One of the largest stores in the Essex County area was Ware’s Store in Dunnsville. Built by Eddie Ware in the late 1840s, it carried all of the necessary household products as well as seafood from the nearby Rappahannock River. Things not normally carried could be ordered from catalogues and received by mail or delivered with other freight at the local docks. Ware’s Store was the site of the second post office in the area. For years the first one was located in a house near the foot of Ware’s Wharf. In the late 1920s and 1930s, bridges were being built to span the rivers and the post office was moved to Dunnsville because mail delivery by truck was quicker than the steamboats cruising the Rappahannock River.
Alexander F. Dillard, Jr., a local attorney, who began his “professional working career” as a 15- year- old high school student clerking in Ware’s Store, stated that it was quite an operation. “There was no self-service back then,” said Dillard. “You had to
wait on each customer individually. The shelves were stocked from the floor to the ceiling with all types of groceries and the clerk went to the shelves and returned with what the customer asked for,” he chuckled.
“Ware’s Store was the transfer station for the schools then located in the south end of the county,” said Dillard. “I was also the backup school bus driver and John Haile was the primary. He played baseball so I was the driver during the season and other times when John was not available,” said Dillard.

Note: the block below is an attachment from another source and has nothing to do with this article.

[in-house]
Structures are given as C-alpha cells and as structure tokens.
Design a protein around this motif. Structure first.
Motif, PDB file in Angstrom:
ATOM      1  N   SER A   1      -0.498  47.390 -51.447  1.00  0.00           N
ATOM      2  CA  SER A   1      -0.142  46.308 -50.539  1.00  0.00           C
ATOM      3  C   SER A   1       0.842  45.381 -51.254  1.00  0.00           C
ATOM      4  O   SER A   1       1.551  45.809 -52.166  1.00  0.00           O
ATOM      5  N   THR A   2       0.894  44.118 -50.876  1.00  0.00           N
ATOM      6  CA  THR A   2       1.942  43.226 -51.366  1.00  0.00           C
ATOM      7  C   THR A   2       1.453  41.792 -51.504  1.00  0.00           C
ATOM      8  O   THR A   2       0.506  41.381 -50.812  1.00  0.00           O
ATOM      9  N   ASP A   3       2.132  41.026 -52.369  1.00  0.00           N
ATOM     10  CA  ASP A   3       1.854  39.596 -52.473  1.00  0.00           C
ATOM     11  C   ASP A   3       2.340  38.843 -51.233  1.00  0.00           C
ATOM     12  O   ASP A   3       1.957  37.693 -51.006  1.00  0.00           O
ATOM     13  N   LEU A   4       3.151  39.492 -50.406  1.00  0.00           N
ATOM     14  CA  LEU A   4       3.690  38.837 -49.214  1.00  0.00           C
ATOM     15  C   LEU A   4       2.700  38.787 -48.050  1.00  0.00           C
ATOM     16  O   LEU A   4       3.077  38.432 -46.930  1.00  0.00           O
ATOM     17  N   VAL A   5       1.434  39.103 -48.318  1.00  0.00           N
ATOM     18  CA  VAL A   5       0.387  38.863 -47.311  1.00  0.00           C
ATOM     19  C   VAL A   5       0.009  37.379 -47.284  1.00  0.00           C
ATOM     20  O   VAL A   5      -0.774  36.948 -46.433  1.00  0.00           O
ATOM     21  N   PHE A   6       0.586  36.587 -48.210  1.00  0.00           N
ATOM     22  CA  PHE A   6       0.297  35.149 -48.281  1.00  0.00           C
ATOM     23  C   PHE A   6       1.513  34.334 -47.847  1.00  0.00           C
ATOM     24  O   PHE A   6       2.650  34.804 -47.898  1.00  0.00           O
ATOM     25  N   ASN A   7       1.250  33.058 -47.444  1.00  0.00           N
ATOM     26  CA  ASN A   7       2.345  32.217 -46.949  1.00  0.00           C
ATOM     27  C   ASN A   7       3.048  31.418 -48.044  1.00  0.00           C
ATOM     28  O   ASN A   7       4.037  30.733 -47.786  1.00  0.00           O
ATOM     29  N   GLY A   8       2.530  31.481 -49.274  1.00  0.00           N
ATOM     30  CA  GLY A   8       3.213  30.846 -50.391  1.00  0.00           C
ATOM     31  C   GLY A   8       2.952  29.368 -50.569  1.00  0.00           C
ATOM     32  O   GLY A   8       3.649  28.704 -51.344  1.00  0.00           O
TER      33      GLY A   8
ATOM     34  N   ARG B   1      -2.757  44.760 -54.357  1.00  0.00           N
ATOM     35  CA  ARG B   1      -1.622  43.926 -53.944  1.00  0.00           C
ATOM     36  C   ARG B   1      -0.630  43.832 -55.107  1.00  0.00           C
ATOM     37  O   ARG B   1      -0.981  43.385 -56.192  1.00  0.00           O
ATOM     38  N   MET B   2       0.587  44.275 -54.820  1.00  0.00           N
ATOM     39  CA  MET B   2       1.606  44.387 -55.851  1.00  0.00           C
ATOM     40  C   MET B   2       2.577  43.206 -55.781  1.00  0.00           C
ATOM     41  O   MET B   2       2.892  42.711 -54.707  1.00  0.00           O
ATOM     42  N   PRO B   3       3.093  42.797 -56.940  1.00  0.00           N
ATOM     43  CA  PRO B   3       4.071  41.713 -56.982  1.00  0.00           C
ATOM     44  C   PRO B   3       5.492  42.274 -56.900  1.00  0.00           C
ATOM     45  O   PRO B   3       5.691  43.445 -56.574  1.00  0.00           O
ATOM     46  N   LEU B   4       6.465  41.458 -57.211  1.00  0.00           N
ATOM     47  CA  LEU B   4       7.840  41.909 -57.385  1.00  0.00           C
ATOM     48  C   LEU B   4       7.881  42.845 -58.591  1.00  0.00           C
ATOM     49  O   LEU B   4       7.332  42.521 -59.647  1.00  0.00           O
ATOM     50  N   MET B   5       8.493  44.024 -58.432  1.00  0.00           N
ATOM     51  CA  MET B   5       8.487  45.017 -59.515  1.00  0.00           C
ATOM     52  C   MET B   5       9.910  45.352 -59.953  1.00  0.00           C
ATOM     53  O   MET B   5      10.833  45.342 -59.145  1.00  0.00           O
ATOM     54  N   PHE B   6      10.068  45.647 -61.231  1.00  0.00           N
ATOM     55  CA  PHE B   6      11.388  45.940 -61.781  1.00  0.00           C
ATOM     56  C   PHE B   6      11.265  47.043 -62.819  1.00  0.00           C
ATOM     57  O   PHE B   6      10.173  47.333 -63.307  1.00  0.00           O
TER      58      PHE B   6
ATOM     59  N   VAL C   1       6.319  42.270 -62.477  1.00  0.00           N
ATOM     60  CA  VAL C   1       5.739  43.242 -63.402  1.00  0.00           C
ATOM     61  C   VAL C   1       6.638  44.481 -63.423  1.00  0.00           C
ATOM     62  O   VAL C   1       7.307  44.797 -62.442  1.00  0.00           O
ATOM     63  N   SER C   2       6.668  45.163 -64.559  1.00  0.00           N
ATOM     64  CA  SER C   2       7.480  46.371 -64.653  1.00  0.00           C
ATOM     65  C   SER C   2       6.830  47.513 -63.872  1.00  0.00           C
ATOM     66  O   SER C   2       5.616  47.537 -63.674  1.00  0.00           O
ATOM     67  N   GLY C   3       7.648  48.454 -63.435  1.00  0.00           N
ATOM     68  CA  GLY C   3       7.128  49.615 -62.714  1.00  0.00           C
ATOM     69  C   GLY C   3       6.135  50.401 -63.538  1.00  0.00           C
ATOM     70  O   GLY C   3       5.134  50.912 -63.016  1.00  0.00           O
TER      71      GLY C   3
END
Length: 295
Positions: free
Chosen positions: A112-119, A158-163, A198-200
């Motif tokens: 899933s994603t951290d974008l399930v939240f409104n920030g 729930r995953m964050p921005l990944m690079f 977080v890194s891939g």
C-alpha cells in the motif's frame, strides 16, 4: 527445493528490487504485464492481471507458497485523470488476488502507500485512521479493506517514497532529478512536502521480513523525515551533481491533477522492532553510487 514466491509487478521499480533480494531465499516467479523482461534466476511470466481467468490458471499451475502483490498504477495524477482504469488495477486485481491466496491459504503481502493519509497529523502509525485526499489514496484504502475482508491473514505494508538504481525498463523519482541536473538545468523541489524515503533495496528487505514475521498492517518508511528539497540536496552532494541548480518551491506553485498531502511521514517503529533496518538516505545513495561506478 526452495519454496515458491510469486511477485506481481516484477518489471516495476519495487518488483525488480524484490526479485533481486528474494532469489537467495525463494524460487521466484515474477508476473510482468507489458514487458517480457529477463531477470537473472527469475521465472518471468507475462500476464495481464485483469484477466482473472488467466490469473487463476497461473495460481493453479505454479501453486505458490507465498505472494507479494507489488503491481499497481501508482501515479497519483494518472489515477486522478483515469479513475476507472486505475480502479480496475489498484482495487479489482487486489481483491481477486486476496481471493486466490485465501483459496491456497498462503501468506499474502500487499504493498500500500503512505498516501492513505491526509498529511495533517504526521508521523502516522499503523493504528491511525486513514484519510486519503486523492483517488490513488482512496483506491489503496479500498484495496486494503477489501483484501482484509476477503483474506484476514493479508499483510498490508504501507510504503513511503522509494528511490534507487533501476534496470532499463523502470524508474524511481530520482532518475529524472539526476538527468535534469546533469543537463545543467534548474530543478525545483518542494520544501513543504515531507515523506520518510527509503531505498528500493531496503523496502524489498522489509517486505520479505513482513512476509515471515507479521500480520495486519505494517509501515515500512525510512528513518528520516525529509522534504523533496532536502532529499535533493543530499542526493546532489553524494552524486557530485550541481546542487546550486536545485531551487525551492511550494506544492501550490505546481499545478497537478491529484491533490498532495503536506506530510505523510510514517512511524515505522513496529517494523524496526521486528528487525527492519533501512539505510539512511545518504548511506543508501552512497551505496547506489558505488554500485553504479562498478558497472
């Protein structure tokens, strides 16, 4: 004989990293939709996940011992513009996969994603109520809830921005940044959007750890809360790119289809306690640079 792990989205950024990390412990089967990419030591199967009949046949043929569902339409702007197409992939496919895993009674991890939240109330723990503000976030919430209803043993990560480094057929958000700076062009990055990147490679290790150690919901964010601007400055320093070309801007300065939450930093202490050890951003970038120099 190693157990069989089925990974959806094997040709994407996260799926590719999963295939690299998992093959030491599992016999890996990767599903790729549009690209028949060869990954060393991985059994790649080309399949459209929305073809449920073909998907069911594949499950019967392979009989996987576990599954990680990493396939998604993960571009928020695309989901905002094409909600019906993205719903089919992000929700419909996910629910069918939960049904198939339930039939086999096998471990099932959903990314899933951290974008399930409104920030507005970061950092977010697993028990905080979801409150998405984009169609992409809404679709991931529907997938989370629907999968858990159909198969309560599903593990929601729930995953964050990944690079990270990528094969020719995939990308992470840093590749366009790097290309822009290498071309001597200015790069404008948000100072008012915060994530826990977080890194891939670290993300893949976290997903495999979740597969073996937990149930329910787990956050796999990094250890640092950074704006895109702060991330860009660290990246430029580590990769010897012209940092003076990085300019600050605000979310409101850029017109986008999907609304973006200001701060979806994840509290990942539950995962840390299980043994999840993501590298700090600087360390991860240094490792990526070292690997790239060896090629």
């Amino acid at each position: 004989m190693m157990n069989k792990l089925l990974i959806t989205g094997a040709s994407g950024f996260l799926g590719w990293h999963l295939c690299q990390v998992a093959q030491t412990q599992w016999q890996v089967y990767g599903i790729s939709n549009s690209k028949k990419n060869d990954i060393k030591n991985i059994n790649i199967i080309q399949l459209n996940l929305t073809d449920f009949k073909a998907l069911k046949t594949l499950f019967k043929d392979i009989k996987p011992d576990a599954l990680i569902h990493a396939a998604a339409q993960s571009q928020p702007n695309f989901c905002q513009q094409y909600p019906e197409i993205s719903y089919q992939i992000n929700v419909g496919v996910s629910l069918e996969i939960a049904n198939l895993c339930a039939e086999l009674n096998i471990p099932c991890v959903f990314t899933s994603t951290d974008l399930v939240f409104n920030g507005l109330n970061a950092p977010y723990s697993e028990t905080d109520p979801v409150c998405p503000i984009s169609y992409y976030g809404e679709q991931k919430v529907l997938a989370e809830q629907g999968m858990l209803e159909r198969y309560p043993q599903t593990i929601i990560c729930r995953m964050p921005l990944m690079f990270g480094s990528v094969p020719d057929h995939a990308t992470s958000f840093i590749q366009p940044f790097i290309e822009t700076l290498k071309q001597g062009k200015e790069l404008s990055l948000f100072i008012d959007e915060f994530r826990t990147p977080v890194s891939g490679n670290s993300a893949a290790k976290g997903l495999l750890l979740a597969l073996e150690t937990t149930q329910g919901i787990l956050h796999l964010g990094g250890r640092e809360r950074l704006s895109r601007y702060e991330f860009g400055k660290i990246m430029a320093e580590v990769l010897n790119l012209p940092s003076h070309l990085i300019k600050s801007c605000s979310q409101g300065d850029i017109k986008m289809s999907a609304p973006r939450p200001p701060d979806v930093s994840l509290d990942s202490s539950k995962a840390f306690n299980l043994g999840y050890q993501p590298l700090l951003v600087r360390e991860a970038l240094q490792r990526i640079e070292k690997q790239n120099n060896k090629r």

Dillard also remembered locals who frequented Ware’s Store. “Mr. Willie Campbell was the person you went to ask what fish were biting and what they were biting on,” noted Dillard. “John Haile was the trapper and would bring in muskrats to be sold for their hides.” But the most interesting gentleman according to Dillard was Willard Corbin. “He had an uncanny talent for predicting the weather. He would come in each morning and give accurate forecasts. No one knew quite how he did it. We found out later that he would read the afternoon edition of the Richmond paper that came in on the evening bus the night before. He pulled one over on us for some time,” Dillard laughed.
Bristow’s Store in Urbanna is one establishment that has not only survived but, as of late, has thrived. Purchased from the Bristow family several years ago, Mrs. Pat Marshall decided that she would keep the iconic store open. “After some painting and a little fixing up, the store looks pretty much like it did when it opened in 1876,” Mrs. Marshall said proudly. “We now have some more modern items, but we try to keep certain things that will remind people of what was offered back then,” she added.
Looking around the store, things are divided into certain departments. Ladies clothes, costume jewelry, shoes, work clothes, men’s clothing and a gift section share the space with old country store items such as nuts, bolts, screws, nails, chain, galvanized buckets, horse leather, etc. She still has a few of the things that made Bristow’s one of the best in Middlesex County. “Not many, but a representation of what was available here years ago,” Marshall said. A period hanging scale with items in the pan adds to the antiquity.
The original wooden floors, sanded daily by foot traffic and held down by its original cut nails , as well as the long counters and original interior woodwork still remain. In the shoe department, three chairs noting the names of the shoe companies Bristow at one time sold are lined up like sentinels. Purses, scarfs, and other items are hanging from the original supporting interior posts. Today’s styles and colors are tastefully blended into yesterday’s store.